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Between Indifference & Hope Print E-mail
San Diego Reader

20170628(San Diego Reader June 28, 2017)

It’s decision day in the City Council chambers, Two Broke Girls vs. Billions. Call it a classic smackdown between local architectural preservationists who want to save any Spanish Colonial Revival building (and think someone should pay) vs. the downtown developers who can’t wait to erect residential towers (and have investors ready and willing to foot the bill). It’s early April, and the horseshoe room is packed, its 53-year-old semi-gloss teakwood a kind of paean to the past. Backrow perched, I think of Pete Wilson’s wily quip from 1975: “The future of San Diego should have as much of the past in it as possible.”

I think as well that each city-adjudicated, skyline alteration rehashes our city’s core ideological battle—the geraniums of George Marston (guard the green) and the smokestacks of Louis Wilde (grow the gray), nearly a century ago. The way the pro-housing, pro-job, pro-business “special interest” typically wins is to outspend, out-own, and out-promise opponents, one 40-story, 282-unit glass spire at a time.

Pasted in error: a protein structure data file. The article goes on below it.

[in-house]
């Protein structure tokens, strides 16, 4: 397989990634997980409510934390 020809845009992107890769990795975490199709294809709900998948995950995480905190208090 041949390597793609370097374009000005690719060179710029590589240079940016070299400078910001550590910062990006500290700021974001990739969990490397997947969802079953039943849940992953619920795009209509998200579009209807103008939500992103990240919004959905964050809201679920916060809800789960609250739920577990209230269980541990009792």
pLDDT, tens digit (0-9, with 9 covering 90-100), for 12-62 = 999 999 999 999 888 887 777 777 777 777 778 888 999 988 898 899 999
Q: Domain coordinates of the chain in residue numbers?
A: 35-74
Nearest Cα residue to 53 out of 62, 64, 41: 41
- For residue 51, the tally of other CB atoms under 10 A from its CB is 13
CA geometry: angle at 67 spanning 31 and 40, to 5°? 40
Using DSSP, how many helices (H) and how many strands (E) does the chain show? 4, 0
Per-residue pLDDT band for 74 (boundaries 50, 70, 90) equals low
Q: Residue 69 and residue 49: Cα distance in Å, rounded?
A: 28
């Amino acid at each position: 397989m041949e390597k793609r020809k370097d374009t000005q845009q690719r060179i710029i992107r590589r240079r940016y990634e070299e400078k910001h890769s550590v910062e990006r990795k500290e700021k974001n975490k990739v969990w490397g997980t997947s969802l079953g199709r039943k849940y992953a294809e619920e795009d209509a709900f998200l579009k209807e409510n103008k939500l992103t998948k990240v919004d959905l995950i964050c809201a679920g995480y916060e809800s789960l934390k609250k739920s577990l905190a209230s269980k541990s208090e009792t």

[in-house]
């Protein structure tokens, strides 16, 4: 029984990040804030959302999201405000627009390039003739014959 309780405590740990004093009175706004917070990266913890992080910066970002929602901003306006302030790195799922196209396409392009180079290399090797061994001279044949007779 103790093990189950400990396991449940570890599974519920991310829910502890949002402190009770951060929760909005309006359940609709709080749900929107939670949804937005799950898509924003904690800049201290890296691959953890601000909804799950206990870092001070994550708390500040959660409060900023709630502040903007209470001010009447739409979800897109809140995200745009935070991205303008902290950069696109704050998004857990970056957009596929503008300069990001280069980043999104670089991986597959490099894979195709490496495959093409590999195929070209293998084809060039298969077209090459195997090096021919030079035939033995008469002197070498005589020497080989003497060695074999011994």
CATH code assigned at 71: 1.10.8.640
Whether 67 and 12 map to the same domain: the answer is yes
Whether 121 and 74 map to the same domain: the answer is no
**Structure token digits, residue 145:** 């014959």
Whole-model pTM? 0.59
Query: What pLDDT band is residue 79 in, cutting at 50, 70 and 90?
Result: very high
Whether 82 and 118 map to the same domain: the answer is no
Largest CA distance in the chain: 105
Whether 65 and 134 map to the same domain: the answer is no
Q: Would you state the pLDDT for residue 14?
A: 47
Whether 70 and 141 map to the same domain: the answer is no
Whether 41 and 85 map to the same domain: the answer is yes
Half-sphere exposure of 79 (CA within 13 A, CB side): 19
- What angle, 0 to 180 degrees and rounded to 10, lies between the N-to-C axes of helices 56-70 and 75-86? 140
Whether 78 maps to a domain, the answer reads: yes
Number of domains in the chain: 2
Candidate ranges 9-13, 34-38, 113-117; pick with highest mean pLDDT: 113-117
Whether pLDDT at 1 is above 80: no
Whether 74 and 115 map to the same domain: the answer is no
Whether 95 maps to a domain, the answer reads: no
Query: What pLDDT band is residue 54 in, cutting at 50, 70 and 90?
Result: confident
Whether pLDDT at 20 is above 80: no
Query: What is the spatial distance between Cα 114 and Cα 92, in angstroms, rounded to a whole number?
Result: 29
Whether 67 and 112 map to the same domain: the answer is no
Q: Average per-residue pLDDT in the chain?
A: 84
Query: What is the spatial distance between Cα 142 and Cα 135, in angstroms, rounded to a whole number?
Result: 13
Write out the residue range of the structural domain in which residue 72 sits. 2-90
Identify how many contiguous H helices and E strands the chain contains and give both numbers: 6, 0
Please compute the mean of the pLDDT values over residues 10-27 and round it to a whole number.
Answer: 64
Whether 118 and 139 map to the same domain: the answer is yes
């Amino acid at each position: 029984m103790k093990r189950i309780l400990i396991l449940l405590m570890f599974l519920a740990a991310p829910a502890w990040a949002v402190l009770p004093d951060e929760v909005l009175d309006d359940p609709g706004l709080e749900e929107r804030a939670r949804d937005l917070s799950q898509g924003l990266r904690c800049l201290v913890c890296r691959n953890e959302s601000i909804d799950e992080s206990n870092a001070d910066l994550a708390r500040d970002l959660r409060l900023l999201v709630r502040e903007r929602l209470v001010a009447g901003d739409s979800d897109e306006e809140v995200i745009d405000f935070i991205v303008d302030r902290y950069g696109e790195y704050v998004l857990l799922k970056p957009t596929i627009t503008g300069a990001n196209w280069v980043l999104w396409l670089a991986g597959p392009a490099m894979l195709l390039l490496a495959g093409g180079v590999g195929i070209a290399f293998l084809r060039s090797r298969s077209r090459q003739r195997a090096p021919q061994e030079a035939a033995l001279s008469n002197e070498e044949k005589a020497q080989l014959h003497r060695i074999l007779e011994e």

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One Smartphone, 100 Million Users, & Privatizing Faith Print E-mail
Articles

07jacoby-superJumbo(Free Inquiry June 2, 2017)

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So far, it’s been a tough start to the new century for Christians what with the growth of the new Atheists, the Nones, those disaffiliated with mainstream religion, a secularized culture, and a government unsure how to define “religious liberty” and “sincerely held religious belief.” And yet the faith shows no signs of succumbing to the onslaught—not by a longshot. It’s reprogramming itself with new transmedial wiring and reassigned roles. Corporate CEOs are the new clergy. Social media, the new church. Global warming is the latest plague of locusts, requiring God-like intervention to keep it at bay. Islam is reverse engineering the Roman empire, arriving inside the Trojan horse of Middle Eastern Muslim refugees. (I’m not sure to whom I can compare radical Jihadists: Yahweh? Judas? Gentiles? Centurions?). Pharmaceuticals, whether it’s the companies or their pills, are the new sacraments. Technology has become the new liberation theology. Google is God.